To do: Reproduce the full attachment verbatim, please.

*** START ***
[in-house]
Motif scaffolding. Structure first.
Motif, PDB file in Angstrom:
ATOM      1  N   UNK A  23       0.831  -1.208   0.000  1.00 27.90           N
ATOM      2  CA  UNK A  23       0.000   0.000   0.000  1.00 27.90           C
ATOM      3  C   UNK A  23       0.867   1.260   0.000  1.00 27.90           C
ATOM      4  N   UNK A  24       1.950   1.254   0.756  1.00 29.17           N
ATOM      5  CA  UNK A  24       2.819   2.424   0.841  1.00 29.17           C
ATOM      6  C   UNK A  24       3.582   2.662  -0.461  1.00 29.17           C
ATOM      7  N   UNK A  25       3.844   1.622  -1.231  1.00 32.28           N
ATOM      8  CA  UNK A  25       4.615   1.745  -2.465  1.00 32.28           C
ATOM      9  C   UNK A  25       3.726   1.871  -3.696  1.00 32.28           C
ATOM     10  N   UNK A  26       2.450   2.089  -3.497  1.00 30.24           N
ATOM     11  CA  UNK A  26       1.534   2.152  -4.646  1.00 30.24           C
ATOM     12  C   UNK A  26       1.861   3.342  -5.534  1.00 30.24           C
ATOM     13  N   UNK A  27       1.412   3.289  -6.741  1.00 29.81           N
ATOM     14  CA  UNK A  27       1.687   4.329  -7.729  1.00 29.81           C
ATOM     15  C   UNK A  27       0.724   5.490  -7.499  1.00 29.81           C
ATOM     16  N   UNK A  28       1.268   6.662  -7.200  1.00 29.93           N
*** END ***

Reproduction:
[in-house]
Motif scaffolding. Structure first.
Motif, PDB file in Angstrom:
ATOM      1  N   UNK A  23       0.831  -1.208   0.000  1.00 27.90           N
ATOM      2  CA  UNK A  23       0.000   0.000   0.000  1.00 27.90           C
ATOM      3  C   UNK A  23       0.867   1.260   0.000  1.00 27.90           C
ATOM      4  N   UNK A  24       1.950   1.254   0.756  1.00 29.17           N
ATOM      5  CA  UNK A  24       2.819   2.424   0.841  1.00 29.17           C
ATOM      6  C   UNK A  24       3.582   2.662  -0.461  1.00 29.17           C
ATOM      7  N   UNK A  25       3.844   1.622  -1.231  1.00 32.28           N
ATOM      8  CA  UNK A  25       4.615   1.745  -2.465  1.00 32.28           C
ATOM      9  C   UNK A  25       3.726   1.871  -3.696  1.00 32.28           C
ATOM     10  N   UNK A  26       2.450   2.089  -3.497  1.00 30.24           N
ATOM     11  CA  UNK A  26       1.534   2.152  -4.646  1.00 30.24           C
ATOM     12  C   UNK A  26       1.861   3.342  -5.534  1.00 30.24           C
ATOM     13  N   UNK A  27       1.412   3.289  -6.741  1.00 29.81           N
ATOM     14  CA  UNK A  27       1.687   4.329  -7.729  1.00 29.81           C
ATOM     15  C   UNK A  27       0.724   5.490  -7.499  1.00 29.81           C
ATOM     16  N   UNK A  28       1.268   6.662  -7.200  1.00 29.93           N